Decarbonisation Technology - February 2023

Stability and durability of water electrolysers

A review of developments in water electrolysis for hydrogen production and the potential to increase efficiency and hydrogen production rates over longer lifetimes

Dr Sakthivel. S TATA Consulting Engineers Limited

C urrently, hydrogen production is around 70 Mtpa (million metric ton per annum) worldwide. Global hydrogen demand is projected to increase to more than 800 Mtpa by 2050, driven by actions to mitigate climate change via energy transition and the decarbonisation of industrial processes. India’s total hydrogen demand is likely to grow from 6.7 Mtpa in 2021 to 11.7 Mtpa by 2030 and 28 Mtpa by 2050 (India Government, 2021). Many countries have plans to increase electrolyser capacity to meet the growing demand for low- carbon-intensity hydrogen. The global electrolyser capacity is expected to increase from 0.3 GW in 2020 to about 16.7 GW by 2026 (IEA, 2021). In comparison with the global picture, India’s electrolyser manufacturing ecosystem is at a nascent stage. However, the levelised cost of green hydrogen remains high ($6-7 per kg) relative to fossil- based grey hydrogen ($1-2 per kg). A number of challenges need to be overcome to raise the technology maturity level for water electrolysis. These include a high capital requirement, relatively high specific energy consumption, and other technical challenges impacting electrolyser stability and durability. This article reviews the current understanding of cell and stack construction, electrolyser technology selection, and the effect of current density, electrodes, electrolyte, anode-cathode separator, and dynamic/variable load on the durability and stability of electrolyser cell and stack.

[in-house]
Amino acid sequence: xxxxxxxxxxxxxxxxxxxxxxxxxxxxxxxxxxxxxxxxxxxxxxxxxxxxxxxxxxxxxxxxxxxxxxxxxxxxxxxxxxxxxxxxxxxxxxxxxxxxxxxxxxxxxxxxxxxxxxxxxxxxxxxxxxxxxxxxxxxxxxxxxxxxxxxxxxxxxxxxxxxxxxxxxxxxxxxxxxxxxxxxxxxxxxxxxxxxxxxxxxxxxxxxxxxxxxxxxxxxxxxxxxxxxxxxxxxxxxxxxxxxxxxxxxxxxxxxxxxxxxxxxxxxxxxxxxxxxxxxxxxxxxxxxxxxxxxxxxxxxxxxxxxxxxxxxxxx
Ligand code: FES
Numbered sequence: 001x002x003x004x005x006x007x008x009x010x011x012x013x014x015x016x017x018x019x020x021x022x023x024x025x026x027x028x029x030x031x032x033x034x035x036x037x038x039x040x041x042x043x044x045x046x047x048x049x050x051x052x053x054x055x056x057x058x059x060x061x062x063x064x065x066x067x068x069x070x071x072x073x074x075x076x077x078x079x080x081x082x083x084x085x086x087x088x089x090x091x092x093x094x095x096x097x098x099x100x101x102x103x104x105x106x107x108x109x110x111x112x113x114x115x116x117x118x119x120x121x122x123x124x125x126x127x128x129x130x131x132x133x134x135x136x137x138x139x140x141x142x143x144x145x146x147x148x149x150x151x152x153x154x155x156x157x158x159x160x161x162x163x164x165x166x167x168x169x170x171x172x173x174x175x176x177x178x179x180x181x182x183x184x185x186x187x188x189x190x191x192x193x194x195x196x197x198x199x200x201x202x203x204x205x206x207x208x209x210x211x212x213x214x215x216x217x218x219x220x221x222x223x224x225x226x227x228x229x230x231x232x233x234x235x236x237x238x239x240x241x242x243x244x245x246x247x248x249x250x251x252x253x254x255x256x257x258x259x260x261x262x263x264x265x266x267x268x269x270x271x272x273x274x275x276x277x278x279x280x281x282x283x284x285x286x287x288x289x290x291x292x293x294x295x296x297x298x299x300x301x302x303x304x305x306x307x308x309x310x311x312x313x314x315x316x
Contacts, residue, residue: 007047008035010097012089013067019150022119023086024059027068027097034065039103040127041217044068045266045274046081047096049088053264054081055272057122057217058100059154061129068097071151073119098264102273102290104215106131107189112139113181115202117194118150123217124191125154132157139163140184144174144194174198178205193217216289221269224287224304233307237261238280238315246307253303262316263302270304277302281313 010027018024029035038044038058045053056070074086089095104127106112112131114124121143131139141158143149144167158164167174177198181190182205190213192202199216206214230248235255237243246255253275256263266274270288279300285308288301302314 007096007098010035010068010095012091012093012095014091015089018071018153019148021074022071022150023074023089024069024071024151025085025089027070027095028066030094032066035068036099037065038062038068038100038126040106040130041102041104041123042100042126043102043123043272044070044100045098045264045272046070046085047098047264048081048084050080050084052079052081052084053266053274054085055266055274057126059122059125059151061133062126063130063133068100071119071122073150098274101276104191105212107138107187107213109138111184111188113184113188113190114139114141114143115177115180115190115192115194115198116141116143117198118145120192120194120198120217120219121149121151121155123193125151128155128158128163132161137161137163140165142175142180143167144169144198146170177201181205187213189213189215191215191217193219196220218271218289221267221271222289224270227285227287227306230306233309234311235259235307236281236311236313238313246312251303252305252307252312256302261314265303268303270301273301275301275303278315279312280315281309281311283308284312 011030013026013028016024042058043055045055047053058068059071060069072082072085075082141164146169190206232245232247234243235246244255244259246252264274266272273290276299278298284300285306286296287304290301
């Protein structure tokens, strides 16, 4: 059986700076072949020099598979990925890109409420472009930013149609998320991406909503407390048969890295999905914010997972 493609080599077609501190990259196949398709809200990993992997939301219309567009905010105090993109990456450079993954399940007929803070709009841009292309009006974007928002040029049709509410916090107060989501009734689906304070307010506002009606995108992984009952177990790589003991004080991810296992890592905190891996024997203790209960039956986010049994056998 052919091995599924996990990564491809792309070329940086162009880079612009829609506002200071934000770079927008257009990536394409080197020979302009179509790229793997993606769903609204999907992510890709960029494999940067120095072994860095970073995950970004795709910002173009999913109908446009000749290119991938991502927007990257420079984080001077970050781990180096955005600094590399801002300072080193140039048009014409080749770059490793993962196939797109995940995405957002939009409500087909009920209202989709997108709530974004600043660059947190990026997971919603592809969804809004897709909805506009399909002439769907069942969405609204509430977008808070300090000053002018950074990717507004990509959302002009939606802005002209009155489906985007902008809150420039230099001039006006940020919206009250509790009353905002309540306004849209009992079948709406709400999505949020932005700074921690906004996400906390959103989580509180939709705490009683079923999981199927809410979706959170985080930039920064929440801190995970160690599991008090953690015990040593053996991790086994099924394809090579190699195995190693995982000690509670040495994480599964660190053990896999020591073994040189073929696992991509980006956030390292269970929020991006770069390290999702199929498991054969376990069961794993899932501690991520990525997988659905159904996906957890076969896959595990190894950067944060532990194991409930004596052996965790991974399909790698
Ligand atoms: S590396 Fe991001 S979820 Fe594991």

DC power

Oxygen receiver

Hydrogen receiver

e –

OH –



OH –

End plate

End plate

H + H +




Anode (+)

Cathode (–)

Figure 1 Basic operation of alkaline water electrolysis

between electrodes and electrolyte in a cell when an electrical current is applied. A basic water electrolysis unit or cell consists of an anode, a cathode, a power supply, and an electrolyte, as shown in Figure 1 . The cell is composed of two electrodes (anode and cathode) immersed in a liquid electrolyte or adjacent to a solid electrolyte membrane, two porous transport layers (which facilitate the transport of reactants and removal of products), and the bipolar plates that provide mechanical support and distribute the flow. Typically, hydrogen and oxygen are produced from the decomposition of water by two half- reactions: the cathodic hydrogen evolution reaction (HER) and the anodic oxygen evolution

Chemistry of water electrolysis The electrochemical process takes place


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